Cisco announced yesterday that the Internet of Things World Forum is returning in 2014, and that it will be held in Chicago. That toddlin' town, as the song goes; that smart city, as today's thinking would have it.
According to the press release, the forum is a:
Global event that will once again unite thought leaders, business leaders and practitioners in business, industry, government and academia to accelerate the development of the rapidly emerging Internet of Things market.
Details of the agenda and speakers are not yet available.
Last September, Chicago mayor Rahm Emmanuel launched the city's first ever technology plan, promising increased access to high-speed Internet for businesses and individuals and more transparent governance, and encouraging technology sector growth. Tech business has been on the upturn in Chicago for at least the last two years, not least because of the dramatic increase in VC availability in the wake of Groupon's rise. It's now one of the world's top ten startup cities.
Of course, being home to a thriving tech sector doesn't automatically make Chicago a smart or super-connected city. But it's that too, as you can learn from the nonprofit Smart Chicago collaboration.
The aim of Smart Chicago is to ensure fast, agile connectivity for all, preferably based on open-source technologies. Among Smart Chicago's initiatives are:
It's inspiring to think that over the next few years, city infrastructures at the service of communities and citizens may well become the norm, rather than something to celebrate. But Chicago will get its deserved few days in the spotlight this October.
CUTGroup Yes, it shows that with a little incentive, government can learn much about citizens concerns and how city services can be improved. I am sure in time that investment in the population in this way will pay off by showing obvious areas where money needs to be spent. Poor services lose tourists, residents and investors and any information about perception of these things is very valuable.
That's using your noggin Fun stuff coming out of the Civic User Testing Group, and while I applaud all the applied technology and seeing what can be made to work, what's most impressive about its projects is the way it's gotten so many citizens involved in addressing local issues and challenges. Talk about smart!
Re: Cities Need to Be Smart and Supportive A "World Forum" seems to me to be more of an income generator for the conference industry in Chicago than a real example of Smart Chicago. While the city undoubtedly would like to frame itself in the picture of the internet of things, the reality might be a bit less. It would be in the city's interests of course to jump aboard the IoT and run with it big time, as should any mega urban area.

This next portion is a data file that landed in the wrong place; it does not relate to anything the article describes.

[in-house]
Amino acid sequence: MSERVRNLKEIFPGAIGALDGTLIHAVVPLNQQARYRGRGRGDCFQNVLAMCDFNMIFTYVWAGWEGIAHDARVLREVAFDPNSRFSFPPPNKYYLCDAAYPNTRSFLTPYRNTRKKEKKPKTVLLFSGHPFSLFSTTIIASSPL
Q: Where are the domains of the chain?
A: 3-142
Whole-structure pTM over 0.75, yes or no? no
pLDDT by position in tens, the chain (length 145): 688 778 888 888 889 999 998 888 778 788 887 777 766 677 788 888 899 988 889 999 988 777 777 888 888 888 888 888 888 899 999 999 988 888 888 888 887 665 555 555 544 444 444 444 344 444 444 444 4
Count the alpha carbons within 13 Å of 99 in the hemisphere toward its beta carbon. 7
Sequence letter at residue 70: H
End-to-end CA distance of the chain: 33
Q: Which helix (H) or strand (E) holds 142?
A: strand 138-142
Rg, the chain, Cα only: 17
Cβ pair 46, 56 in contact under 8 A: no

Chicago Health Atlas I read the link on the Chicago Health Atlas and was very impressed. Is this a very new concept? I think its extremely forward thinking to make this data so accessible. I only hope that is is being used by local governement to actually effect change and doesn't become just another interesting app to play with. I think the idea warrants a lot of praise but if it is to be useful it needs to be linked with spending plans so that money can be spent effectively in areas of health care that need it. Very interesting reading.
Cities Need to Be Smart and Supportive There's one thing that sets cities like Barcelona and Aarhus and Eindhoven -- and, yes, Chicago -- apart when it comes to truly being a "smart" city and that's the direct collective and collaborative support of city government, the private sector, and concerned citizens' councils. It's not a matter of merely "wiring" a city and publicizing it that propels a municipality into the realm of a quality provider of connectivity and information access for its citizens. In the case of Chicago, it is the collection of initiatives within the Smart Chicago operation that will ensure that Chicago is a success, and a paragon of technology and connectivity innovation, for years to come. Those initiatives include the Chicago Works for You dashboard, which helps keep citizens apprised of updates and changes; the CUTGroup, which enables entreprenuerism and promotes crowdsourcing of ideas that other similar initiatives do not; and the Health Atlas, which is something of a prototype for other similar citizen services that may as yet only be imagined. That's what's needed to really make a smart city a success and a true value to its public and private sector constituents.
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